“What’s the most important moment of your life?” I say and my son rolls his eyes. “Gastrulation!”
His mom is pregnant and so we’ve been talking a lot about where babies come from. Revision. He is a nine-year-old boy, so we’ve been talking about everything.
What school do astronauts go to? How many days does it take for Komodo Dragon venom to kill you? When did Tyrannosaurus Rex live?
There are some things I know a lot about, gastrulation being one.
Gastrulation is the moment where the little sphere of cells that will one day be you softly puckers inward on one side. Blip! And for the rest of your life, this will be your bottom. Such a subtle thing. And yet. Without this first orientation of the body, an unfolding of a compass to decipher, Ah yes, true north is this way, everything else in your life, while miraculous, would never be possible.
Then there are things I know very little about. But, there is a library.
As a step-parent, my greatest joy is partnering with my kids as they learn. This is why I like the term “bonus mom.” I’m not trying to step in on anyone, I’m just a bonus for love and alternate perspectives.
But, along with the joys, there are also unique frustrations. The library book that created the most furor (surpassing, even, the objections to Harry Potter) was the illustrated children’s book entitled Evolution.
Our son was reading it while my husband drove to the halfway point for the kids exchange (“It sounds like a drug deal when you call it that!” my daughter says). That night, our phones lit up with a group text from his ex-wife. She felt it was disrespectful for me to confuse the kids with a book about evolution when she was raising them to be Christian.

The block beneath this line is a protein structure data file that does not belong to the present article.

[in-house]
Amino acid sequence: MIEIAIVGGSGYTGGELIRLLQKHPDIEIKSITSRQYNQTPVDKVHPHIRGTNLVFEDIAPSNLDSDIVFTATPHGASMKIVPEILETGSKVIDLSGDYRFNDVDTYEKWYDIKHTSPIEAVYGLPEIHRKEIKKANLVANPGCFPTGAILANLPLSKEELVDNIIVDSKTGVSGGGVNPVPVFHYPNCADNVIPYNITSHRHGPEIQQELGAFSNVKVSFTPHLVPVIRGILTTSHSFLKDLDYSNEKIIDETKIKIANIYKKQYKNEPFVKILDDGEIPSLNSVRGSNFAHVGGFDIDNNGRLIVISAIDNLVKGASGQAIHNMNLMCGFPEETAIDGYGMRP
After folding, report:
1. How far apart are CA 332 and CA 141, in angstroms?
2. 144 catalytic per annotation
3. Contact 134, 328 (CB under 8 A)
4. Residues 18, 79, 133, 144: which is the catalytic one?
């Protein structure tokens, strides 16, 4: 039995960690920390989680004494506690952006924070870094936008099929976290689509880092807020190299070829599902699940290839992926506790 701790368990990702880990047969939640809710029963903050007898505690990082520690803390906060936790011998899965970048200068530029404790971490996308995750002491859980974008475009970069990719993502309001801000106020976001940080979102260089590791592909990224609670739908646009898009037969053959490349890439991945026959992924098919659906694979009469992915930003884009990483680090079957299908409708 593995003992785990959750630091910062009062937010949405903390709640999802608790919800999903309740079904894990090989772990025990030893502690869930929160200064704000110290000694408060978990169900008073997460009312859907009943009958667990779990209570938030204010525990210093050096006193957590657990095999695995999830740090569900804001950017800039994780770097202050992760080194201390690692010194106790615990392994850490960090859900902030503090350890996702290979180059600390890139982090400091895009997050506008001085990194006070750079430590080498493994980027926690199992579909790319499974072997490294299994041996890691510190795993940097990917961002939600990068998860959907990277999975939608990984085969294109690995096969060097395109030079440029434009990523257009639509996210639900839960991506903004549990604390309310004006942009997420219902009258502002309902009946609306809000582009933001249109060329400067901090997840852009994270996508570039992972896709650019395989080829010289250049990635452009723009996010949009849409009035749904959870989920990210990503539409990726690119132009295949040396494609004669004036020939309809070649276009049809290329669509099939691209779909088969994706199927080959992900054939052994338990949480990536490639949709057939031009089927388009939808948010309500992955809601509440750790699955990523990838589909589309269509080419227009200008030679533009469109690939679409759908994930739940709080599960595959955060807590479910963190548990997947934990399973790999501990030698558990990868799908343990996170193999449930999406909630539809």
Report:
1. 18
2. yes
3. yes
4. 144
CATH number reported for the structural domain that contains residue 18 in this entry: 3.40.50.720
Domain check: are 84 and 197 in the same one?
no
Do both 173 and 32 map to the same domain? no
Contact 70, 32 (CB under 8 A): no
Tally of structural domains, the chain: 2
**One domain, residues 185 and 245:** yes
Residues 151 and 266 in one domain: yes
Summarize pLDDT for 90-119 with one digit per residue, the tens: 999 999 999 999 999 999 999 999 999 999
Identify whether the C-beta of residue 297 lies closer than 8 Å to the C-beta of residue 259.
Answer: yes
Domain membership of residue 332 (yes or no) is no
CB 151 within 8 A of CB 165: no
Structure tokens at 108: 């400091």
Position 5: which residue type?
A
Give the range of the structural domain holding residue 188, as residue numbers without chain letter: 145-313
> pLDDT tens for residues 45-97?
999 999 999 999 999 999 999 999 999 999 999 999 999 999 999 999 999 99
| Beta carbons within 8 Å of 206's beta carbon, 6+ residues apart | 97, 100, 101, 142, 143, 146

“How exciting!” I said, waving my phone in front of my husband. “She’s talking to me directly now!”
I once had this dream where our son was sick. He was feverish and coughing and I was holding him and patting his back but nothing would make him better. And I was thinking, in my dream, I should call their mom. If I could just call her and ask her, she would know what to do.
I woke up from the dream, filled with so much longing for the kind of relationship with her where it would be possible to call her, that I had to squeeze my eyes and clench my fists so hard that my nails cut into my palms.
Divorce is about dividing adults and adults’ things. But it can also divide parenting, such that grief or power or bitterness drives decisions. While I was taken aback to hear their mom/my husband’s ex-wife (Momex? Can that be a thing?) say biology and a belief in Jesus are incompatible, I was giddy to think we might finally have a chance to come together to do what was best for these two precious kids.
I thought a lot about what to text back to her, then finally sent out this reply, “Thanks for reaching out! I’d love to get on a call so we can talk about this.”